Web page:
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Author Topic: shooter and shootee in same frame.....?  (Read 15834 times)
archangel
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« Reply #30 on: November 04, 2010, 07:30:40 AM »

hi guys,
just a small update.
been watching lotz of old TV westerns on YouTube.
mainly on CarrieOK4059, i think that's the right name..........
anyway, episodes of Lawman and Tombstone Territory feature shooter-shootee situations a few times.
maybe, because of budget and a "disposable" medium mindset lead to this happening.
oh, and, i think i was it in the High Chaparral a coupla times as well.
cheers,
archie.

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dave jenkins
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« Reply #31 on: November 04, 2010, 07:52:59 PM »

Great work! Afro Afro

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archangel
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« Reply #32 on: November 07, 2010, 07:15:54 AM »

yup, they are the ones in HN.
was watching the latest Lawman upload tonight and i counted two in the final showdown.
James Drury guest stars as Dan Troops brother in this one and dispatches the main baddy with 2 shotgun blasts before being shot about 3 x himself.
and it's all in the same frame.

High Chaparral: the Doc Holliday episode. Doc, played by Jack Kelly, shoot a Mexican in the head a very close range. Bullet hole in head included.
best,
archie.
PS: looks like Eastwood was very wrong about this type of thing.

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dave jenkins
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« Reply #33 on: November 11, 2010, 05:30:44 AM »

According to Frayling, Clint Eastwood said:   "You had to shoot separately, and then show the person fall.  And that was always thought sort of stupid, but on television we always did it that way...
The code for TV was even stricter than the one for films, so maybe what Eastwood was thinking about was the TV standards and practices (which were in a sense derived from the motion picture ones), and later in his mind conflated movie/TV censorship issues. In any event, when he worked for Leone, American TV is pretty much what Eastwood knew about.

Once again, HD: great job.

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cigar joe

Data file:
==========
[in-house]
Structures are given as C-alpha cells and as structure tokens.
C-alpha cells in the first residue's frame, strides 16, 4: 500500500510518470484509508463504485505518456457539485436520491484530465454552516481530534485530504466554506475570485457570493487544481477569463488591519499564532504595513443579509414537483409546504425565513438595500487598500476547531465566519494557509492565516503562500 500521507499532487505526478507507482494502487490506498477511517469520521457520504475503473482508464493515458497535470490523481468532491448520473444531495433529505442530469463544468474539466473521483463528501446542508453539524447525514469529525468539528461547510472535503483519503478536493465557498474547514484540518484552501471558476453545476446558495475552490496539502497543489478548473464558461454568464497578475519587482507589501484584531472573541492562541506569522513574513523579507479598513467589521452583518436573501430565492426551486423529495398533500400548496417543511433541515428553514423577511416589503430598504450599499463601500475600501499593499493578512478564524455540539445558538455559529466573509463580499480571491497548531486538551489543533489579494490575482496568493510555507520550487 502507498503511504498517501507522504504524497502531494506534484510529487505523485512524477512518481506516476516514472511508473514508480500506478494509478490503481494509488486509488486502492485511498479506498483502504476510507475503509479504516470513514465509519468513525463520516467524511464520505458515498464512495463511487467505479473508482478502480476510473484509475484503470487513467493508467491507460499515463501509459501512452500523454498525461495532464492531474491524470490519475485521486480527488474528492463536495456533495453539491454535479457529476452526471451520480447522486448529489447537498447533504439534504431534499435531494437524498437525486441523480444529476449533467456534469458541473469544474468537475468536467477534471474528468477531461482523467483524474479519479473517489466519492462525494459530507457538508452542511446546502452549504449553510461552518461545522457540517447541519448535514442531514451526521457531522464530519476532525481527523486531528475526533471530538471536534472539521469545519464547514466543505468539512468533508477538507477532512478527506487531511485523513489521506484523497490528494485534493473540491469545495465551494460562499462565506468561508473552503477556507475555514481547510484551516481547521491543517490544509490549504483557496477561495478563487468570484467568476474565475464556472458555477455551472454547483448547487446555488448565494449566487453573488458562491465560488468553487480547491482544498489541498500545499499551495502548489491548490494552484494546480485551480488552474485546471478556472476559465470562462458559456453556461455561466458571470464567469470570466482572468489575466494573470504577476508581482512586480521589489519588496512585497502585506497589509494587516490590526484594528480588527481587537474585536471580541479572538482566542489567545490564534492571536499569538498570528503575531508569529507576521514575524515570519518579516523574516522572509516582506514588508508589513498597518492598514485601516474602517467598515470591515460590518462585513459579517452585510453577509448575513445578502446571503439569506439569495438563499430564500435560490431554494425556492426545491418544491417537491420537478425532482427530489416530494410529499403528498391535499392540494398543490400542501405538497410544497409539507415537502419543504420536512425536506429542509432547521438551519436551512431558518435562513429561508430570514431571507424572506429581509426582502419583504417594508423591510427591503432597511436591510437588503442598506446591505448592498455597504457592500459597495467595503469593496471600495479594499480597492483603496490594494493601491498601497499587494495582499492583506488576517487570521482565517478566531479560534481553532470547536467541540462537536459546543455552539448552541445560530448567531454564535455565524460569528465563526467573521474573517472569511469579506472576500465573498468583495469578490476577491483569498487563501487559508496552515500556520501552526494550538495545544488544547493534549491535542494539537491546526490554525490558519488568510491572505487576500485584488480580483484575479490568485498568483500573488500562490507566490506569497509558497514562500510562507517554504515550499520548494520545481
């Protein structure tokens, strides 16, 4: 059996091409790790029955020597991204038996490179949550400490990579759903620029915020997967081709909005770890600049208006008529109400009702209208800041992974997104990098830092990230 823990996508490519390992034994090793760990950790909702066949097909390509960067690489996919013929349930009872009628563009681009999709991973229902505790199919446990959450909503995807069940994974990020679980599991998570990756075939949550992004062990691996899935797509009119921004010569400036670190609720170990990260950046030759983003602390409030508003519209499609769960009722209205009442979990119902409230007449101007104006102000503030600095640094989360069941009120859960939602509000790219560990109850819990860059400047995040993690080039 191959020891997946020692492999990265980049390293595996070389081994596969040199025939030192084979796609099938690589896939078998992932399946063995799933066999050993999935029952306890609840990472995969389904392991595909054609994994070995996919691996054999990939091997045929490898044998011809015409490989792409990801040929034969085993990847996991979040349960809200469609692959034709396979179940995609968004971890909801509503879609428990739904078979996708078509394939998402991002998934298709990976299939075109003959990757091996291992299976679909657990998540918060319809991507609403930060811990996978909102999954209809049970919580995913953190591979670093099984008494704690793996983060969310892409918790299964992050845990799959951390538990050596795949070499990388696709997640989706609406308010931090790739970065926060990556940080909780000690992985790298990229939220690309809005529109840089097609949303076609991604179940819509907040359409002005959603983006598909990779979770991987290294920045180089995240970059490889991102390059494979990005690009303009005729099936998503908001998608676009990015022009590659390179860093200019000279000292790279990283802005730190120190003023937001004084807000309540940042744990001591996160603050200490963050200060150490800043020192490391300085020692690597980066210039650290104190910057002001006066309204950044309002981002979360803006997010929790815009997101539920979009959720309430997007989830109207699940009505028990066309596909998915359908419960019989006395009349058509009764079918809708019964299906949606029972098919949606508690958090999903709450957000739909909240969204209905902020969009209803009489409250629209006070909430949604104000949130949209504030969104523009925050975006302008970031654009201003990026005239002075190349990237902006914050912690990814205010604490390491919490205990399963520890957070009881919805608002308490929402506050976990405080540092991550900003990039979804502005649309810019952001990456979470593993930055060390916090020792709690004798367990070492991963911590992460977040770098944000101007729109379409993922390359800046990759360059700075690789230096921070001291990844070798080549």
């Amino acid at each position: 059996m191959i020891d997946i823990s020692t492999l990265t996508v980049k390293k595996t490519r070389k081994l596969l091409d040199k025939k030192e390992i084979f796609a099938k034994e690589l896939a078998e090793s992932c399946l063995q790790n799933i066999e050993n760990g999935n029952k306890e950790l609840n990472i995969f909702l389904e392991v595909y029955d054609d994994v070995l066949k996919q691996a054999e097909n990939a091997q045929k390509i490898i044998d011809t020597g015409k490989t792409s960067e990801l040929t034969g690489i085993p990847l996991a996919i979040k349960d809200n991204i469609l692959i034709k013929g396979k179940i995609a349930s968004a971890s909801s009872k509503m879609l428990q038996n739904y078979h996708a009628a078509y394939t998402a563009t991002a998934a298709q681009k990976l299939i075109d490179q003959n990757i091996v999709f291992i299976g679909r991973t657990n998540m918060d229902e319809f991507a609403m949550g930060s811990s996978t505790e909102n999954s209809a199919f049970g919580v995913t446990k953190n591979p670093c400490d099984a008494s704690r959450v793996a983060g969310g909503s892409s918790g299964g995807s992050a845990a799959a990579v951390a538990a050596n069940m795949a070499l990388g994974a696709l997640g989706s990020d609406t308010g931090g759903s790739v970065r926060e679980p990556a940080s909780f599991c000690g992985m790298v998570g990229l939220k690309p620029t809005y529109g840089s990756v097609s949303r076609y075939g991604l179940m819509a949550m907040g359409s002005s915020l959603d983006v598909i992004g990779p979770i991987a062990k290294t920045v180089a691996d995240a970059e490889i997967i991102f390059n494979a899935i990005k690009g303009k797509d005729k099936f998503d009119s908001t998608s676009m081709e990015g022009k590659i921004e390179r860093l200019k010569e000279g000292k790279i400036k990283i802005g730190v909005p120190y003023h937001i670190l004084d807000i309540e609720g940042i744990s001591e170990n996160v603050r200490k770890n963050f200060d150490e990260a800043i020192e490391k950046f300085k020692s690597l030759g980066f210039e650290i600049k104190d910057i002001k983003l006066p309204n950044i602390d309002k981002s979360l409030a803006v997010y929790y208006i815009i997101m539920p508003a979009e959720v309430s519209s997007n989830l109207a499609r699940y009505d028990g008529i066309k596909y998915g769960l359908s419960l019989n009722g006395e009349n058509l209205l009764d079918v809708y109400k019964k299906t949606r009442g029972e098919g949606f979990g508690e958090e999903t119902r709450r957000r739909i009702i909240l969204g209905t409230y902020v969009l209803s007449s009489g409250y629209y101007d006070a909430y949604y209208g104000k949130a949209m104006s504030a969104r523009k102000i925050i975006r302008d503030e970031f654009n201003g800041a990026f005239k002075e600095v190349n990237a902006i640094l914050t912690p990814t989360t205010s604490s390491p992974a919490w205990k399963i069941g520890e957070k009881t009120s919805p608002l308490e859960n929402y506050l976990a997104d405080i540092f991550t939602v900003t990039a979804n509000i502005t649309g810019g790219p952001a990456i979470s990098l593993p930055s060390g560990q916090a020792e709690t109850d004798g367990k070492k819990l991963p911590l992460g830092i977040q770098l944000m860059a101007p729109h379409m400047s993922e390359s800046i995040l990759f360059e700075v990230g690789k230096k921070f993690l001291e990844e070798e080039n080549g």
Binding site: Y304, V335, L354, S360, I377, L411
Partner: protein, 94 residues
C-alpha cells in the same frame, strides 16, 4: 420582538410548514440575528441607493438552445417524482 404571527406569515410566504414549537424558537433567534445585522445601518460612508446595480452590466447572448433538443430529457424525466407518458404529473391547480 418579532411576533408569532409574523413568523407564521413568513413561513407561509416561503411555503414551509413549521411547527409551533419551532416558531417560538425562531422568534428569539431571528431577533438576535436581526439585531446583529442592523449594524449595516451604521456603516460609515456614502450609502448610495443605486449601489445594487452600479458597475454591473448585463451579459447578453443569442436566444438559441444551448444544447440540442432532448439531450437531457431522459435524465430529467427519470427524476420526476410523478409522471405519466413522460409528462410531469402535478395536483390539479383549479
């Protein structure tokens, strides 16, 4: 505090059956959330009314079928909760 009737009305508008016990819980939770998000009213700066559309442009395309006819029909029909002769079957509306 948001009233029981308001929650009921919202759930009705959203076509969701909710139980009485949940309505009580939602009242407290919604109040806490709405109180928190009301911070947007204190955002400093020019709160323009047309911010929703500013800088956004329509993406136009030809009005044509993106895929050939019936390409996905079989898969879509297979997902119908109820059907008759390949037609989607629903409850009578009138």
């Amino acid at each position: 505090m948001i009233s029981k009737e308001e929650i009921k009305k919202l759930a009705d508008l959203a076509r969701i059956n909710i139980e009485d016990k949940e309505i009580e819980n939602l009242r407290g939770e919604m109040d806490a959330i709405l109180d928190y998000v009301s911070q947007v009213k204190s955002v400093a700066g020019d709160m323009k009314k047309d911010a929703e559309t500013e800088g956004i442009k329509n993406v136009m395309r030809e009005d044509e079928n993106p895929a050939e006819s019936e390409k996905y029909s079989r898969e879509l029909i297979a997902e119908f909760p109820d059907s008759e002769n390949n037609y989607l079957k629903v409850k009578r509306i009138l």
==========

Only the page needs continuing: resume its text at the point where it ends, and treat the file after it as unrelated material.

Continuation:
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« Reply #34 on: November 12, 2010, 05:45:20 PM »

 Afro Afro Afro

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archangel
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« Reply #35 on: November 14, 2010, 08:01:58 AM »

hi,
thank you all for your interest.
here's another thought..........
maybe, if he had lived, Eric Fleming would have been even bigger than Clint Eastwood.
i like Clint - who doesn't?
BUT.
Fleming is certainly a better actor, based on Rawhide, thanks to Carrie.
he engenders a certain trust and gravitas that Clint just doesn't.
also Steve McQueen in Bullitt is really an early Dirty Harry.
again, more trust and gravitas, than Clint.
archie.


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« Reply #36 on: November 14, 2010, 09:31:47 AM »


Back to movies.  Recently watched Gun Crazy (1950) and This Gun For Hire (1942).

Both broadly follow the Hays guidelines. For example in Gun Crazy a boy shoots a chicken using a BB gun. The boy firing the gun is in one frame followed by a still of the dead chicken in the next frame. In This Gun For Hire there is even a closed door between the shooter and shootee.  Alan Ladd fires a gun at a closed door behind which there is a woman. You never see the woman being killed but hear the noise of her falling to the floor.

Both scenes are probably more effective than if they had been filmed with the shooter and the shootee in the same frame.
The Hays code unintentionally contributed to the mise en scene of many films, sometimes for the better. Some of the euphemisms developed for sex are quite inventive.

It's worth noting that your movie examples come from the 40s and early 50s. The TV shows you mention seem to be later, when the hold of the Code was weakening. Early TV was an odd beast: there were the industry Standards and Practices that had to be adhered to, but then sponsors might have additional proscriptions as well. This is particularly true when a single sponsor was dominant, as with things like Kraft Mystery Theater. But things loosened up over time.

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archangel
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« Reply #37 on: December 16, 2010, 05:36:03 AM »

hi,
more.
"The Professionals" 1966.
j.

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archangel
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« Reply #38 on: December 17, 2010, 11:29:53 PM »

hi,
and more.
Rio Bravo. (1959)
Dean Martin shoots a guy in the saloon.
j.